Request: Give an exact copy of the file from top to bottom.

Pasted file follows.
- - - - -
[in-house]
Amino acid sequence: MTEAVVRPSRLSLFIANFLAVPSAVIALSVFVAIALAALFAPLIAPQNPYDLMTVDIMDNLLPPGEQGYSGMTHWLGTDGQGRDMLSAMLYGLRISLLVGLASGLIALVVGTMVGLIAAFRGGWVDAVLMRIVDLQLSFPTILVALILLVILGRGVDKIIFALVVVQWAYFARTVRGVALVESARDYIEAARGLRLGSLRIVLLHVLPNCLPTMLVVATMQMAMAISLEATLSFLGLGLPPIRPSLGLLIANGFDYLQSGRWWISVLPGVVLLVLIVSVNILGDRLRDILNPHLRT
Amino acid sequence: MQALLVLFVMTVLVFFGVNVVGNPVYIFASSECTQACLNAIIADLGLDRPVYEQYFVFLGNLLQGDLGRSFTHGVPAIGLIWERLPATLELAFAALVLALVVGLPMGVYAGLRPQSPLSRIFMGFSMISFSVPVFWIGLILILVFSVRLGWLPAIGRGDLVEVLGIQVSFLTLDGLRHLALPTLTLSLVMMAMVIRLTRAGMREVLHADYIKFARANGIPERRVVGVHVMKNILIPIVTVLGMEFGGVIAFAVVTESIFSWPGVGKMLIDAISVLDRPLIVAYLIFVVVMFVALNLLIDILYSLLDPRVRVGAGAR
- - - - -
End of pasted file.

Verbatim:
[in-house]
Amino acid sequence: MTEAVVRPSRLSLFIANFLAVPSAVIALSVFVAIALAALFAPLIAPQNPYDLMTVDIMDNLLPPGEQGYSGMTHWLGTDGQGRDMLSAMLYGLRISLLVGLASGLIALVVGTMVGLIAAFRGGWVDAVLMRIVDLQLSFPTILVALILLVILGRGVDKIIFALVVVQWAYFARTVRGVALVESARDYIEAARGLRLGSLRIVLLHVLPNCLPTMLVVATMQMAMAISLEATLSFLGLGLPPIRPSLGLLIANGFDYLQSGRWWISVLPGVVLLVLIVSVNILGDRLRDILNPHLRT
Amino acid sequence: MQALLVLFVMTVLVFFGVNVVGNPVYIFASSECTQACLNAIIADLGLDRPVYEQYFVFLGNLLQGDLGRSFTHGVPAIGLIWERLPATLELAFAALVLALVVGLPMGVYAGLRPQSPLSRIFMGFSMISFSVPVFWIGLILILVFSVRLGWLPAIGRGDLVEVLGIQVSFLTLDGLRHLALPTLTLSLVMMAMVIRLTRAGMREVLHADYIKFARANGIPERRVVGVHVMKNILIPIVTVLGMEFGGVIAFAVVTESIFSWPGVGKMLIDAISVLDRPLIVAYLIFVVVMFVALNLLIDILYSLLDPRVRVGAGAR